This year has seen some positive changes in the law for sexual harassment victims. Earlier this year, Congress enacted a new law prohibiting employers from requiring mandatory arbitration in sexual harassment and sexual abuse cases. Check out our blog: Sexually Harassed? Get Your Day in Court as Mandatory Arbitration is Now Illegal.
Most recently, on December 7, 2022, President Biden signed the “Speak Out Act” into law. The Act prohibits the enforcement of confidentiality and/or non-disparagement clauses relating to allegations of sexual harassment or assault that were entered into before an allegation of such misconduct is made. In other words, if you raise allegations of sexual harassment or sexual abuse, any confidentiality and/or non-disparagement provisions you may have signed after this law went into effect will be invalid. However, other than holding such provisions unenforceable, there appears no other remedies are available under the Act. Notably, this law does not prevent confidentiality and/or non-disparagement clauses in agreements that settle such harassment or abuse claims.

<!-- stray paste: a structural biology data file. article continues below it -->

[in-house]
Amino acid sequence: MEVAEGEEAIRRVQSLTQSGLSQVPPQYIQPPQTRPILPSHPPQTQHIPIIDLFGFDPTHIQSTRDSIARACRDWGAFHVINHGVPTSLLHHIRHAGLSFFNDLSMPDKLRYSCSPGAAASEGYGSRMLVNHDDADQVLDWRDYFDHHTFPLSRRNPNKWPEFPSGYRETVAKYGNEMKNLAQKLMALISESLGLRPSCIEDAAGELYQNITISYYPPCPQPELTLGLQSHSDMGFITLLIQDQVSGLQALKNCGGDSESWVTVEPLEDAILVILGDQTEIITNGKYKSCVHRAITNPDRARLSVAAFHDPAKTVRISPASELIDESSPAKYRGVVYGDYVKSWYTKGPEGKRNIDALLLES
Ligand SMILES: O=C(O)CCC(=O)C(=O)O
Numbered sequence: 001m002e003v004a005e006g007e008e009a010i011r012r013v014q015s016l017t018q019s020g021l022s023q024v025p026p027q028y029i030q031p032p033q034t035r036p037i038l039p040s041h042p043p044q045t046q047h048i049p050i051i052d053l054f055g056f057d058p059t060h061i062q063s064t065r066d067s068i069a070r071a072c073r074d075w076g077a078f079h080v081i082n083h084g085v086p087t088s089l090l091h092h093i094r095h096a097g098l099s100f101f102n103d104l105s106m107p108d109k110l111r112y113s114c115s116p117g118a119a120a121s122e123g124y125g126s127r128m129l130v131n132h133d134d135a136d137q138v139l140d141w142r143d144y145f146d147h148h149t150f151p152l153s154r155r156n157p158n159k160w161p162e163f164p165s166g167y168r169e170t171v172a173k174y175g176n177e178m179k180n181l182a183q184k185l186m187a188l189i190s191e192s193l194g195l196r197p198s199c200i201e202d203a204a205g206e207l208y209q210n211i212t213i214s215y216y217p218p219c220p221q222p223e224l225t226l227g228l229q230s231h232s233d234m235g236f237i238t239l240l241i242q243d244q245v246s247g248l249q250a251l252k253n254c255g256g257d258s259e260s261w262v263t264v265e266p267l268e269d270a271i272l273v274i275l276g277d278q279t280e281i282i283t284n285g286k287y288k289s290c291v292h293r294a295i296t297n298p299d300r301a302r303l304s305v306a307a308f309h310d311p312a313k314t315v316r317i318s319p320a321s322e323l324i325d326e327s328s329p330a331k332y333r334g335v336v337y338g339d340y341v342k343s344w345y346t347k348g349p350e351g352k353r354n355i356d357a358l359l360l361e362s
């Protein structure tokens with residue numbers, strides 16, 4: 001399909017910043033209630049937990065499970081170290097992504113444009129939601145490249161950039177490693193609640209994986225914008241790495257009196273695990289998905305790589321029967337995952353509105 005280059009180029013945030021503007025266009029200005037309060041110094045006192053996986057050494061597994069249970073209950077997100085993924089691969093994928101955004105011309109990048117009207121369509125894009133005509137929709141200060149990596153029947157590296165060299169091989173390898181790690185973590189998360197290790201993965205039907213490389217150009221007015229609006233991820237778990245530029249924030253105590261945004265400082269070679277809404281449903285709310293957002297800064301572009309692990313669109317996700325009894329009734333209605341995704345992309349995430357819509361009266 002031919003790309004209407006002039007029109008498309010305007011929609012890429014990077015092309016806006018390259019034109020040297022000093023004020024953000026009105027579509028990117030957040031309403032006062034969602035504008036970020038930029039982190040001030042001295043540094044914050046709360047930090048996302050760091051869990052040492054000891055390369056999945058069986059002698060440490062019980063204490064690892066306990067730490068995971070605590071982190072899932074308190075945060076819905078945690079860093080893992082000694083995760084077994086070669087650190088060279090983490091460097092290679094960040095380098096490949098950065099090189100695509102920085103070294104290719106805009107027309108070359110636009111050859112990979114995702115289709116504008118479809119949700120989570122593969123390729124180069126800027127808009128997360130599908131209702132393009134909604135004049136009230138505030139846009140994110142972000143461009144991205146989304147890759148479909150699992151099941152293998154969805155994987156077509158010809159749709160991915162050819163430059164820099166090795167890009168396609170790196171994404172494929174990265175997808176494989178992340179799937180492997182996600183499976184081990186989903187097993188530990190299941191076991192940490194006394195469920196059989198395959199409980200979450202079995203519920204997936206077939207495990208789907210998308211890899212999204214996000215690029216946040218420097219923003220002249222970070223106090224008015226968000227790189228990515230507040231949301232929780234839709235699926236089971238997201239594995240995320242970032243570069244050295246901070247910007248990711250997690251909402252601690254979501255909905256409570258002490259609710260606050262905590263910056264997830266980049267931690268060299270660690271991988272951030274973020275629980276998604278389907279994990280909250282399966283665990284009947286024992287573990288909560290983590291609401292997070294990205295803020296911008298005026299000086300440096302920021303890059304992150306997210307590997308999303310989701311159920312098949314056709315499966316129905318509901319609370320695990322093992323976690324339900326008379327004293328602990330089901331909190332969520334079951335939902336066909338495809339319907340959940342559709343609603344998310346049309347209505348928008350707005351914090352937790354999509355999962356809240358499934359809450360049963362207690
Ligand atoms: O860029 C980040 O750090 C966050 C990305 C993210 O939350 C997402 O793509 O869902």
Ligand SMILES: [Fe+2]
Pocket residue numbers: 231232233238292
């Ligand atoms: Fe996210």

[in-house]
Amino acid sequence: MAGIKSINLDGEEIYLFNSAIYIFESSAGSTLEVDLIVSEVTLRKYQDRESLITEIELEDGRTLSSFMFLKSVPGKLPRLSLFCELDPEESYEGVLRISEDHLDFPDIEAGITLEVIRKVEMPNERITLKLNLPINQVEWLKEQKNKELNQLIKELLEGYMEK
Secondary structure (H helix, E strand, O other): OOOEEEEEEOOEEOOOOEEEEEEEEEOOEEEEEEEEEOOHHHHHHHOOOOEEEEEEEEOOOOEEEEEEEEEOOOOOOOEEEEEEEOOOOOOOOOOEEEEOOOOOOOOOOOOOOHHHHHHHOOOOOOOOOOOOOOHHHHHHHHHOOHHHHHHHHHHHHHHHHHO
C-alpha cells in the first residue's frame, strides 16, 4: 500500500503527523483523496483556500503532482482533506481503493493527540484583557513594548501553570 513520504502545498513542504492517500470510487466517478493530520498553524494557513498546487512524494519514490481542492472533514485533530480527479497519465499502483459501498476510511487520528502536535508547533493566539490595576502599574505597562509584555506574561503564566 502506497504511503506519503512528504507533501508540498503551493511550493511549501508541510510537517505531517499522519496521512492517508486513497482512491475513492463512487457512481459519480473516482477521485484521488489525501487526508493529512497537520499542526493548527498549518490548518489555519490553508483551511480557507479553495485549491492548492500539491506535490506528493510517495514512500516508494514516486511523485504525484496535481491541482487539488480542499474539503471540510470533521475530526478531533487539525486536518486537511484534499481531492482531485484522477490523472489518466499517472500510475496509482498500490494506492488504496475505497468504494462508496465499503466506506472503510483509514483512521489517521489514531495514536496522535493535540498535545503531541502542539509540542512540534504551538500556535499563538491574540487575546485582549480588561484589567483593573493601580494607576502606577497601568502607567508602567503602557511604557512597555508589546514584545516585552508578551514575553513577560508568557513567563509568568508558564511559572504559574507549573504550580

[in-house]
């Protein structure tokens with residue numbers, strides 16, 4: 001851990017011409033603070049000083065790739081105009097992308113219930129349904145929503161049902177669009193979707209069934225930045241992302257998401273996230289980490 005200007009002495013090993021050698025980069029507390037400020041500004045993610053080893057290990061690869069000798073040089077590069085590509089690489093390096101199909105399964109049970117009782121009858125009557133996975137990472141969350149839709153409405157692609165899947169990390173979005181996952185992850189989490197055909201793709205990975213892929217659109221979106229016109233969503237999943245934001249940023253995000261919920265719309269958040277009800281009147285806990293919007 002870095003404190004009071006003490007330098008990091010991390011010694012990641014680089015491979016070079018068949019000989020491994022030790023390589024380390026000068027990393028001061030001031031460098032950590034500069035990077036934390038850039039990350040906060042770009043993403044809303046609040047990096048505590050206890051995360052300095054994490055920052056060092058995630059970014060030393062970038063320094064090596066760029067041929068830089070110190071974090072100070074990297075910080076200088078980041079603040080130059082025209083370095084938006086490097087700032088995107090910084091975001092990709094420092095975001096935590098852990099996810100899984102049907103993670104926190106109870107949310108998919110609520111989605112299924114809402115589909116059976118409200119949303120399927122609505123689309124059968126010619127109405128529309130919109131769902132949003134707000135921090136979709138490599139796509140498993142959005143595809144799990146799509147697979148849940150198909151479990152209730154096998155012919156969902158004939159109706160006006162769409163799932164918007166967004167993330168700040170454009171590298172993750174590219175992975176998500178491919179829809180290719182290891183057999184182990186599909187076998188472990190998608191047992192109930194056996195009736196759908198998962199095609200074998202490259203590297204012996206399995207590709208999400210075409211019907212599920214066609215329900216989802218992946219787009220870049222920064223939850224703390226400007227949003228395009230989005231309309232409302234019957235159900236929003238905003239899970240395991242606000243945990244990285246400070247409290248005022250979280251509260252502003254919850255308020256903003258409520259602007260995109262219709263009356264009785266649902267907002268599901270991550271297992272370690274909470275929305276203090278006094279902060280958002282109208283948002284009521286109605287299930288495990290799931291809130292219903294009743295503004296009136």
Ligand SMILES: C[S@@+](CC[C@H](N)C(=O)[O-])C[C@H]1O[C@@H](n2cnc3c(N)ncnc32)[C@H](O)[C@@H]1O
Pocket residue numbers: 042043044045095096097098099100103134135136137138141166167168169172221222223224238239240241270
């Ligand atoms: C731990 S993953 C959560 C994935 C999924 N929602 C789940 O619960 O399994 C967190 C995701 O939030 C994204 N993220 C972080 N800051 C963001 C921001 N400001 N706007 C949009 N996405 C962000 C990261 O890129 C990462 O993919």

The Act was passed in the wake of the Me-Too movement and was intended by Congress to encourage more transparency and eliminate the enforceability of provisions that “perpetuate illegal conduct” by “silencing” survivors and enabling wrongdoers to continue their abusive conduct. This new law will only apply to agreements signed after the law went into effect, which means agreements signed before this new law may still be enforceable.
The Act does not prohibit states and localities from passing even more restrictive laws. Thus, employees may want to seek counsel in the state where any non-disclosure or non-disparagement agreement is entered.
Sass Law Firm represents employees and students in sexual harassment and sexual abuse cases. If you are a victim of sexual harassment or sexual abuse at work or at your school, do not delay in seeking legal counsel to understand your rights and how to navigate these claims.